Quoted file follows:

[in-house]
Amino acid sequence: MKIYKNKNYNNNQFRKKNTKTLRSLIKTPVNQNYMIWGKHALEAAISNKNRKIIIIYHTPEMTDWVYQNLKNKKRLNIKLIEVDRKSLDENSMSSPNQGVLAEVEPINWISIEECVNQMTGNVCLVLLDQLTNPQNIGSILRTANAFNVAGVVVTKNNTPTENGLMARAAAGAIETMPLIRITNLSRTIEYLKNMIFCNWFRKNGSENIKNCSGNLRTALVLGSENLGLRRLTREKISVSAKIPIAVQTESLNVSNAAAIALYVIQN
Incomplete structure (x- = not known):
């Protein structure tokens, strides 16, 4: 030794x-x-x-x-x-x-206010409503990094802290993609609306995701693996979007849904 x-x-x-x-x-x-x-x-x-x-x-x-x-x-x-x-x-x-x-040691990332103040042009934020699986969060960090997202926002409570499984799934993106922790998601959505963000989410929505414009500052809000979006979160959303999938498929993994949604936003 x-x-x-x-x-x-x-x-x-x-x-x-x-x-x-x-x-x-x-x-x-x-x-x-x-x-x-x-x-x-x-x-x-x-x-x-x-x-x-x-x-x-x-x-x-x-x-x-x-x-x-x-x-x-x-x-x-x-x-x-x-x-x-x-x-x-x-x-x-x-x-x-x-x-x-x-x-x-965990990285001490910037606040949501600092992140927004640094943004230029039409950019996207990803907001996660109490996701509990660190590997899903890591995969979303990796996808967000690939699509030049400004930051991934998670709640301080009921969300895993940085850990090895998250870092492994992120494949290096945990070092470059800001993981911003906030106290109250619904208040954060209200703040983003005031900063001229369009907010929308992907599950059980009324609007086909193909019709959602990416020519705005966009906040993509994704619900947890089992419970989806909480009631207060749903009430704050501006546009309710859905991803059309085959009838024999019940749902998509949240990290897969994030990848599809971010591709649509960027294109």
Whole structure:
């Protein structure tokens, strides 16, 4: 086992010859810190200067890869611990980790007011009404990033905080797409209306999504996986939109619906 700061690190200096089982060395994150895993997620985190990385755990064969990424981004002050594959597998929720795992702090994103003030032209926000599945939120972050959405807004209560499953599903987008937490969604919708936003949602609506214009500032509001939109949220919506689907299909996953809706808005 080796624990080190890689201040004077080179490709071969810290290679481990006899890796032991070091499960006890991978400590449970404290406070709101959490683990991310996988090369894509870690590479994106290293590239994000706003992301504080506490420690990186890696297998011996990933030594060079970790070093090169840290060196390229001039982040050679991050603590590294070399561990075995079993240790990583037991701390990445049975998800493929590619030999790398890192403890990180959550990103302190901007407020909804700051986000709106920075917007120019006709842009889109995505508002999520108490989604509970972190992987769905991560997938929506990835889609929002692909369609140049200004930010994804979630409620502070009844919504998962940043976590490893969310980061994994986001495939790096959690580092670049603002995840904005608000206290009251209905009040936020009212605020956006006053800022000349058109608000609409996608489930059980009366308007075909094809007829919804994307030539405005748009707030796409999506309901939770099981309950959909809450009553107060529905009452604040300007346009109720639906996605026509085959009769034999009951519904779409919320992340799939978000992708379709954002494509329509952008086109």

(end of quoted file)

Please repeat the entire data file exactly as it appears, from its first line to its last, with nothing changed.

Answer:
[in-house]
Amino acid sequence: MKIYKNKNYNNNQFRKKNTKTLRSLIKTPVNQNYMIWGKHALEAAISNKNRKIIIIYHTPEMTDWVYQNLKNKKRLNIKLIEVDRKSLDENSMSSPNQGVLAEVEPINWISIEECVNQMTGNVCLVLLDQLTNPQNIGSILRTANAFNVAGVVVTKNNTPTENGLMARAAAGAIETMPLIRITNLSRTIEYLKNMIFCNWFRKNGSENIKNCSGNLRTALVLGSENLGLRRLTREKISVSAKIPIAVQTESLNVSNAAAIALYVIQN
Incomplete structure (x- = not known):
């Protein structure tokens, strides 16, 4: 030794x-x-x-x-x-x-206010409503990094802290993609609306995701693996979007849904 x-x-x-x-x-x-x-x-x-x-x-x-x-x-x-x-x-x-x-040691990332103040042009934020699986969060960090997202926002409570499984799934993106922790998601959505963000989410929505414009500052809000979006979160959303999938498929993994949604936003 x-x-x-x-x-x-x-x-x-x-x-x-x-x-x-x-x-x-x-x-x-x-x-x-x-x-x-x-x-x-x-x-x-x-x-x-x-x-x-x-x-x-x-x-x-x-x-x-x-x-x-x-x-x-x-x-x-x-x-x-x-x-x-x-x-x-x-x-x-x-x-x-x-x-x-x-x-x-965990990285001490910037606040949501600092992140927004640094943004230029039409950019996207990803907001996660109490996701509990660190590997899903890591995969979303990796996808967000690939699509030049400004930051991934998670709640301080009921969300895993940085850990090895998250870092492994992120494949290096945990070092470059800001993981911003906030106290109250619904208040954060209200703040983003005031900063001229369009907010929308992907599950059980009324609007086909193909019709959602990416020519705005966009906040993509994704619900947890089992419970989806909480009631207060749903009430704050501006546009309710859905991803059309085959009838024999019940749902998509949240990290897969994030990848599809971010591709649509960027294109």
Whole structure:
């Protein structure tokens, strides 16, 4: 086992010859810190200067890869611990980790007011009404990033905080797409209306999504996986939109619906 700061690190200096089982060395994150895993997620985190990385755990064969990424981004002050594959597998929720795992702090994103003030032209926000599945939120972050959405807004209560499953599903987008937490969604919708936003949602609506214009500032509001939109949220919506689907299909996953809706808005 080796624990080190890689201040004077080179490709071969810290290679481990006899890796032991070091499960006890991978400590449970404290406070709101959490683990991310996988090369894509870690590479994106290293590239994000706003992301504080506490420690990186890696297998011996990933030594060079970790070093090169840290060196390229001039982040050679991050603590590294070399561990075995079993240790990583037991701390990445049975998800493929590619030999790398890192403890990180959550990103302190901007407020909804700051986000709106920075917007120019006709842009889109995505508002999520108490989604509970972190992987769905991560997938929506990835889609929002692909369609140049200004930010994804979630409620502070009844919504998962940043976590490893969310980061994994986001495939790096959690580092670049603002995840904005608000206290009251209905009040936020009212605020956006006053800022000349058109608000609409996608489930059980009366308007075909094809007829919804994307030539405005748009707030796409999506309901939770099981309950959909809450009553107060529905009452604040300007346009109720639906996605026509085959009769034999009951519904779409919320992340799939978000992708379709954002494509329509952008086109």